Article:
Which brings me to the reason I wanted to write this piece. As this site noted recently, there are a lot of myths surrounding HPV. But there is a larger problem at work here: We are bad at talking about our sexual health. A couple of months after my LEEP, one of my friends told me she'd been diagnosed with HPV and became upset. She knew all about my ordeal, and I told her what I knew and that there was no reason to worry. She had just started dating someone and said even though she knew she shouldn't worry, she "had thought he was a great guy."
If we live in a world where a woman doubts the goodness of a man because he possibly gave her a virus that half the population has or will have, we have work to do. And when the medical community can't agree on whether we should be vigilant about preventative medicine or wait until something of concern shows up, the only way we can make rational decisions about our health is to gather as much information as possible. And that will start by sharing the information we already have.
If your doctor tells you something is abnormal, ask what it means. If she says you need a procedure, ask what it entails. If you've never heard of this condition or procedure before, ask your friends if they have. If one of your friends mentions that she has the same condition you've already faced, tell her everything you can about it.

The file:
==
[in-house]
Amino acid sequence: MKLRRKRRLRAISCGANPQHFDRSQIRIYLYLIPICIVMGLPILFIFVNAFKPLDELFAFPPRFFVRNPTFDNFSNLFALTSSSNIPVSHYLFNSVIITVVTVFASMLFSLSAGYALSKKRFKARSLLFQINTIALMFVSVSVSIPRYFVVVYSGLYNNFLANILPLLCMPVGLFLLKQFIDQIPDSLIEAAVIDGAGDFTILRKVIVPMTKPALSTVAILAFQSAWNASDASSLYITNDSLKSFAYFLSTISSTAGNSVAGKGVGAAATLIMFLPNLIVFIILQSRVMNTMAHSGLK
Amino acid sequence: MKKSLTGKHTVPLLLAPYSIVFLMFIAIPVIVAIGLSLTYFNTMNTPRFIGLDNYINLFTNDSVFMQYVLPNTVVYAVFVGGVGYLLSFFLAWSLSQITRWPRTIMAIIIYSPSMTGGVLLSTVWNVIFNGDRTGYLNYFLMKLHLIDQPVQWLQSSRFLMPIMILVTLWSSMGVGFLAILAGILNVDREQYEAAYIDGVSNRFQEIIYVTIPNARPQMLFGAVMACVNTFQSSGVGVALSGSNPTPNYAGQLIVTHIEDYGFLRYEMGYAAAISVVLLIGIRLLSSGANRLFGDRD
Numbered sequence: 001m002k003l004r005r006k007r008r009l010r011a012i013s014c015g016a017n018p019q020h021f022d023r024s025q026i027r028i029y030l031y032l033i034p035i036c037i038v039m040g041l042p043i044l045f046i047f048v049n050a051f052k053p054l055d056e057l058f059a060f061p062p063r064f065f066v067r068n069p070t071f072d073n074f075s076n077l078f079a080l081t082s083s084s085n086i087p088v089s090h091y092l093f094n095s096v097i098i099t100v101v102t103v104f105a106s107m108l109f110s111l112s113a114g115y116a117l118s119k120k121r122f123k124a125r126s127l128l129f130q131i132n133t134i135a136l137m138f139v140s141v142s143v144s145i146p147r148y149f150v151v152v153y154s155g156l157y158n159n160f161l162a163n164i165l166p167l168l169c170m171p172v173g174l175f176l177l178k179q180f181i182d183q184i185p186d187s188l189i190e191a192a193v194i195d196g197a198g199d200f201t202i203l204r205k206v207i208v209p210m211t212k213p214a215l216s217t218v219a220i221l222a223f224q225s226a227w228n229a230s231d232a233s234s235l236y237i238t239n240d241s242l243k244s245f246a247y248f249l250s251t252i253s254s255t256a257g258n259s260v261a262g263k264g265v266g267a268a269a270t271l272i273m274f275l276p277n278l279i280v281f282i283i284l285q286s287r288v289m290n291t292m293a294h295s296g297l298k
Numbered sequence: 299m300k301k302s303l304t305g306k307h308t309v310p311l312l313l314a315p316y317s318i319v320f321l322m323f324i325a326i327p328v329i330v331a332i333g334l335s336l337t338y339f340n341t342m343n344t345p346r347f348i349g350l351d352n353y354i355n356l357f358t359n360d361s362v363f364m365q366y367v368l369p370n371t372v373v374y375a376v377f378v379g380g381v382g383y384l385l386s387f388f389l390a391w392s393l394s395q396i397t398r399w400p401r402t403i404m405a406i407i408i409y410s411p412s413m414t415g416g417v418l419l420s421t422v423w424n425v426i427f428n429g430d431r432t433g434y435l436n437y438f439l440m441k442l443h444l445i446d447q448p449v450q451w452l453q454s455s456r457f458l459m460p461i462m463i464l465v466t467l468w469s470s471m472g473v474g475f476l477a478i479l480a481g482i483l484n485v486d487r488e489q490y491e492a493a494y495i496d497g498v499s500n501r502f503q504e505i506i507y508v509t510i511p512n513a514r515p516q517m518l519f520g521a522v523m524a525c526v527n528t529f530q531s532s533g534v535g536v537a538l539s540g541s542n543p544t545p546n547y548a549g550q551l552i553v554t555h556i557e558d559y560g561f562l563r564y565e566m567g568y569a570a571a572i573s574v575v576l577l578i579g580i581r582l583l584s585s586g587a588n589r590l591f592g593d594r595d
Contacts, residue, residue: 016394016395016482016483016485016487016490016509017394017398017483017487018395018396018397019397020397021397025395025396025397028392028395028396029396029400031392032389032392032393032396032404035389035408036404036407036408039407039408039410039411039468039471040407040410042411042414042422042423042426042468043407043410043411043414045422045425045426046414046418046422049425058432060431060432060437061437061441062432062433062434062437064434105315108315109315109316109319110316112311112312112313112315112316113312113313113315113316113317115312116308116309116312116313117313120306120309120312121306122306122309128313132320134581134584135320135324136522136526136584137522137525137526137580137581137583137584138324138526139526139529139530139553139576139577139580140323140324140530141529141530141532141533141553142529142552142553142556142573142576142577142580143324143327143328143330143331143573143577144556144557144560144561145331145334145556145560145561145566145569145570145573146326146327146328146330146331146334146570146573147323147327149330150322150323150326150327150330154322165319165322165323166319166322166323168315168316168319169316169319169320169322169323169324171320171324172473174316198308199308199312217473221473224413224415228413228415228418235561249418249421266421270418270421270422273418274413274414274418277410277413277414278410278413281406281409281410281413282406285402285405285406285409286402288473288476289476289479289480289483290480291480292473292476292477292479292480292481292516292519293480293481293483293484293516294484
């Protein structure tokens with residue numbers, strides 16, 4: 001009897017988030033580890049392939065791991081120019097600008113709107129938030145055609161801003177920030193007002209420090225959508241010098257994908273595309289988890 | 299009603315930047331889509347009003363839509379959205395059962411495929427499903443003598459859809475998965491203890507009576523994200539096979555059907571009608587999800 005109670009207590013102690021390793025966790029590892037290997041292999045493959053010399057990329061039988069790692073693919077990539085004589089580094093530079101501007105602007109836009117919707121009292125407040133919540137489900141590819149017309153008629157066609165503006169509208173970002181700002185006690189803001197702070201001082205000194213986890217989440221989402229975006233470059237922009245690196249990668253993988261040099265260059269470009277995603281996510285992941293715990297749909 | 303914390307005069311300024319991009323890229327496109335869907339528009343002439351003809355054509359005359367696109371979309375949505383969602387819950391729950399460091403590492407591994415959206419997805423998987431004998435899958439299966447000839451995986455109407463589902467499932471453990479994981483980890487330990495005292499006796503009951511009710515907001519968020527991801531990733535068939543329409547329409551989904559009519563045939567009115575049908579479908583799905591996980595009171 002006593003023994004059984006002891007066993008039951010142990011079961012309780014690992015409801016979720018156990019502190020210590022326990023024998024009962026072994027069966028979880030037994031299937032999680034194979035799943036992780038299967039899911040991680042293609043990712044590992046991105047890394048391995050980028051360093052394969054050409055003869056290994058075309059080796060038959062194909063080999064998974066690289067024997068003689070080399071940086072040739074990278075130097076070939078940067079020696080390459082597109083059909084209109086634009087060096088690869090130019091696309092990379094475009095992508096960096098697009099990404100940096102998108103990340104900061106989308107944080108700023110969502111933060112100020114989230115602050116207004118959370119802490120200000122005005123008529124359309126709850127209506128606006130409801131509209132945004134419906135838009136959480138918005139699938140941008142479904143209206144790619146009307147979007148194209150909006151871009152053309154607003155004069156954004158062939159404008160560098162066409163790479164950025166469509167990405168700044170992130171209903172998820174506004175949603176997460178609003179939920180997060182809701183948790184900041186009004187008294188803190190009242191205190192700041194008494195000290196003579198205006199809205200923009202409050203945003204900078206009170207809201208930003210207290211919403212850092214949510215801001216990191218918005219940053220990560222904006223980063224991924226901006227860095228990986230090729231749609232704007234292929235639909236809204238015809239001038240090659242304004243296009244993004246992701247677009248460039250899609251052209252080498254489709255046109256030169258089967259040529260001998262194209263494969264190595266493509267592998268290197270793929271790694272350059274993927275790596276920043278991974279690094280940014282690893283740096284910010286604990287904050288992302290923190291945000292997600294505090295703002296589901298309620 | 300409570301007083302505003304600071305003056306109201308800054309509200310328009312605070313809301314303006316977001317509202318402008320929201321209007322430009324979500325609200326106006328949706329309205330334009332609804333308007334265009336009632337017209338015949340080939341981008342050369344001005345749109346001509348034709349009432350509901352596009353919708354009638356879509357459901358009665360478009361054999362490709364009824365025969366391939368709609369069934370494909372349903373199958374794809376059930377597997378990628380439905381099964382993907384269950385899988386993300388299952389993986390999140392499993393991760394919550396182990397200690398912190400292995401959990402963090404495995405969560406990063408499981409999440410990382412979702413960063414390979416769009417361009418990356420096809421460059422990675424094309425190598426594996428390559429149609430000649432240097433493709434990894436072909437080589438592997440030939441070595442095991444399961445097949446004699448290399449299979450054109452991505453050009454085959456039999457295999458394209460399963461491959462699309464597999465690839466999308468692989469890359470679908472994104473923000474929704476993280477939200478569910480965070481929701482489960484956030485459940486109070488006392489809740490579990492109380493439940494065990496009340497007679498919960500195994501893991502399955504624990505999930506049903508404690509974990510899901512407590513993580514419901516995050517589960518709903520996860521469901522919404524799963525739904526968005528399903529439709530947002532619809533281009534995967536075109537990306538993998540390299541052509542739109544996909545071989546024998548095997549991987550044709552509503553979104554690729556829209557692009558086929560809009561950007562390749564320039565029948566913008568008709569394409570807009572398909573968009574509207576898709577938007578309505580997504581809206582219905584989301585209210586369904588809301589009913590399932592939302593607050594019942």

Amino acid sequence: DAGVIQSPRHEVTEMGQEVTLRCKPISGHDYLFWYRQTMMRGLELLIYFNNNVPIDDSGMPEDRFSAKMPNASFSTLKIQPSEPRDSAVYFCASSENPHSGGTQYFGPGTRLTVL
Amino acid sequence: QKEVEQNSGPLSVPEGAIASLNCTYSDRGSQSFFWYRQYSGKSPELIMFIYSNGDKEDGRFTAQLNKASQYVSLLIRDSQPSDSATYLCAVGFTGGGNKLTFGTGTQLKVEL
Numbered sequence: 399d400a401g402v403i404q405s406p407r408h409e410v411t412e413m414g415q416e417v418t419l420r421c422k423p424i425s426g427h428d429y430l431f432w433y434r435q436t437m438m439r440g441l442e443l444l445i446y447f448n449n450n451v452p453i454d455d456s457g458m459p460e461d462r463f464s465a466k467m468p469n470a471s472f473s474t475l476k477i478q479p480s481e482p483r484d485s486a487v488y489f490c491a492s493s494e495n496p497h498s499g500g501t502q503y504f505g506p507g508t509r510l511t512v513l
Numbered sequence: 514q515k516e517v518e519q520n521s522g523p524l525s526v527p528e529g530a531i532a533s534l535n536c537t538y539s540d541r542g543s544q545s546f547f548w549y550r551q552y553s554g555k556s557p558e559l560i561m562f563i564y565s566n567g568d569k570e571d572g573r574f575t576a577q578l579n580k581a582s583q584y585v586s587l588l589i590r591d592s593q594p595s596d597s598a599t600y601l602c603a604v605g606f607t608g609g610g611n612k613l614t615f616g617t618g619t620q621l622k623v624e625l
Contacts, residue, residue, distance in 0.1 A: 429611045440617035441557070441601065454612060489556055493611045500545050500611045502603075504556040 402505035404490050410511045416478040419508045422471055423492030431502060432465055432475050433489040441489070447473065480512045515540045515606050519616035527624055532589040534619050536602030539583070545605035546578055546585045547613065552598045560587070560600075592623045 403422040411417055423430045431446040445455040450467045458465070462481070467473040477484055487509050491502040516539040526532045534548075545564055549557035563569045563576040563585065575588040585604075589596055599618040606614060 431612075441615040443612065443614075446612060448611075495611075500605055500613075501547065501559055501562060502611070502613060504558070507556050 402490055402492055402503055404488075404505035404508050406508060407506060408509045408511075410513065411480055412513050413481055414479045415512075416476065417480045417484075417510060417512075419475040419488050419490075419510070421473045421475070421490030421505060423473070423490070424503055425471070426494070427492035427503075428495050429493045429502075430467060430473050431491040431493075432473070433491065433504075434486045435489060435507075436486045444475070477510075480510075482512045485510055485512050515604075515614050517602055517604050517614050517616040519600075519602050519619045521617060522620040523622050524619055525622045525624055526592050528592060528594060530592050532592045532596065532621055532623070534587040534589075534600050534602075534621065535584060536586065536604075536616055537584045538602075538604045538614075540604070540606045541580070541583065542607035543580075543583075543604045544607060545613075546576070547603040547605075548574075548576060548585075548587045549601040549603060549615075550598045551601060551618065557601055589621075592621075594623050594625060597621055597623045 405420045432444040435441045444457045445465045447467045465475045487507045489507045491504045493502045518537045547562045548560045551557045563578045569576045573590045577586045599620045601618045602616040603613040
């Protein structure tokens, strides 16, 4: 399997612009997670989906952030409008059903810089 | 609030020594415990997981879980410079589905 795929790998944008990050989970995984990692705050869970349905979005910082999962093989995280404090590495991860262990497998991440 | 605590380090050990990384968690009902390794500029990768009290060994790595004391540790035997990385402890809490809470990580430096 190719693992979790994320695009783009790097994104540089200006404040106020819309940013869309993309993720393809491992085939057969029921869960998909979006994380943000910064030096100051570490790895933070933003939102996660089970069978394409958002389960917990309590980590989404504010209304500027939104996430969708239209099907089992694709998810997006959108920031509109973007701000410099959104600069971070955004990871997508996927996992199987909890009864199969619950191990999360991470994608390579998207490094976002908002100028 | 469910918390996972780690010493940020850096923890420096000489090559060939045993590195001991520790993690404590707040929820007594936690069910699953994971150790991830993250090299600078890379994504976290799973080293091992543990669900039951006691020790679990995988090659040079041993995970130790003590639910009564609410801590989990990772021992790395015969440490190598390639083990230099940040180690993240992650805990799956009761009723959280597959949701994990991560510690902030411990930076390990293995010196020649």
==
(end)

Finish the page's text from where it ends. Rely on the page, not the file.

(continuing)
To get you started, and in honor of Cervical Cancer Awareness Month, here are the most important things to know about the human papillomavarius, commonly known as HPV:
- HPV is the most common sexually transmitted infection (STI); 50% of sexually active Americans will have it at some point in their lives
- In most cases, HPV exhibits no symptoms and in 90% of cases, the immune system clears it within two years
- There are more than 100 strains of HPV, 30-40 of which are transmitted sexually
- Of the sexually transmitted strains of HPV, about a dozen can lead to cervical cancer
- The HPV vaccine protects against four strains -- the two most commonly linked to cervical cancer and the two most often linked to genital warts
- The HPV vaccine is approved for use in men and women
- While cervical cancer is the most common type of cancer associated with HPV, the virus can also lead to oral and anal cancers in men and women
- The Pap smear can identify if a woman has high-risk HPV but not which strain of HPV she has; there is currently no test to screen men for the virus
- Men and women can pass HPV to each other, and since HPV is often symptomless, if you have had more than one partner, it's impossible to know who passed it to you, even if you are currently monogamous
Now that reminds me... I need to make an appointment with my doctor.